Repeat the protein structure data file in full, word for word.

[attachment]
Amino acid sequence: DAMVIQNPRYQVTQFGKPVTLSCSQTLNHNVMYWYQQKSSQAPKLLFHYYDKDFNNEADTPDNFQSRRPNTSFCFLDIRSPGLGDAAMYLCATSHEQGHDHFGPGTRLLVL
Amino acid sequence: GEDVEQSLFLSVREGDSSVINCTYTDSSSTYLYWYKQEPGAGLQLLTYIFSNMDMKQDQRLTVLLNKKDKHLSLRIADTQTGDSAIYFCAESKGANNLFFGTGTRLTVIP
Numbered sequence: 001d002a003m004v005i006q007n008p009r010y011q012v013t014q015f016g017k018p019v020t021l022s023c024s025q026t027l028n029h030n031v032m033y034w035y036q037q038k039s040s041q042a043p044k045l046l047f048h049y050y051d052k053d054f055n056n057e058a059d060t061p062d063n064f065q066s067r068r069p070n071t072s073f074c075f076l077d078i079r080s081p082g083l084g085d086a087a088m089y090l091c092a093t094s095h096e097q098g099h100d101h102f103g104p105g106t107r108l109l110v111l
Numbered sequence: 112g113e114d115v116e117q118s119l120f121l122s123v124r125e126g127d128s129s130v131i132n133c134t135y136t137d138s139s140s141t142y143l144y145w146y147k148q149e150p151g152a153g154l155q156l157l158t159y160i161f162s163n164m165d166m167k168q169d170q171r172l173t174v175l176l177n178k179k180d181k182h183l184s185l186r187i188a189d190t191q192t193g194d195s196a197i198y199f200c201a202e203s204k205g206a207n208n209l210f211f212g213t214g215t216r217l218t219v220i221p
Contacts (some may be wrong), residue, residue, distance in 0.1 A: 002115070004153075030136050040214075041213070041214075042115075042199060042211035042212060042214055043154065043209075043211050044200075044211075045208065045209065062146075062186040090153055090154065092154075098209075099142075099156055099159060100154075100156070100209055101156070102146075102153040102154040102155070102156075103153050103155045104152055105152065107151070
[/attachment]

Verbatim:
Amino acid sequence: DAMVIQNPRYQVTQFGKPVTLSCSQTLNHNVMYWYQQKSSQAPKLLFHYYDKDFNNEADTPDNFQSRRPNTSFCFLDIRSPGLGDAAMYLCATSHEQGHDHFGPGTRLLVL
Amino acid sequence: GEDVEQSLFLSVREGDSSVINCTYTDSSSTYLYWYKQEPGAGLQLLTYIFSNMDMKQDQRLTVLLNKKDKHLSLRIADTQTGDSAIYFCAESKGANNLFFGTGTRLTVIP
Numbered sequence: 001d002a003m004v005i006q007n008p009r010y011q012v013t014q015f016g017k018p019v020t021l022s023c024s025q026t027l028n029h030n031v032m033y034w035y036q037q038k039s040s041q042a043p044k045l046l047f048h049y050y051d052k053d054f055n056n057e058a059d060t061p062d063n064f065q066s067r068r069p070n071t072s073f074c075f076l077d078i079r080s081p082g083l084g085d086a087a088m089y090l091c092a093t094s095h096e097q098g099h100d101h102f103g104p105g106t107r108l109l110v111l
Numbered sequence: 112g113e114d115v116e117q118s119l120f121l122s123v124r125e126g127d128s129s130v131i132n133c134t135y136t137d138s139s140s141t142y143l144y145w146y147k148q149e150p151g152a153g154l155q156l157l158t159y160i161f162s163n164m165d166m167k168q169d170q171r172l173t174v175l176l177n178k179k180d181k182h183l184s185l186r187i188a189d190t191q192t193g194d195s196a197i198y199f200c201a202e203s204k205g206a207n208n209l210f211f212g213t214g215t216r217l218t219v220i221p
Contacts (some may be wrong), residue, residue, distance in 0.1 A: 002115070004153075030136050040214075041213070041214075042115075042199060042211035042212060042214055043154065043209075043211050044200075044211075045208065045209065062146075062186040090153055090154065092154075098209075099142075099156055099159060100154075100156070100209055101156070102146075102153040102154040102155070102156075103153050103155045104152055105152065107151070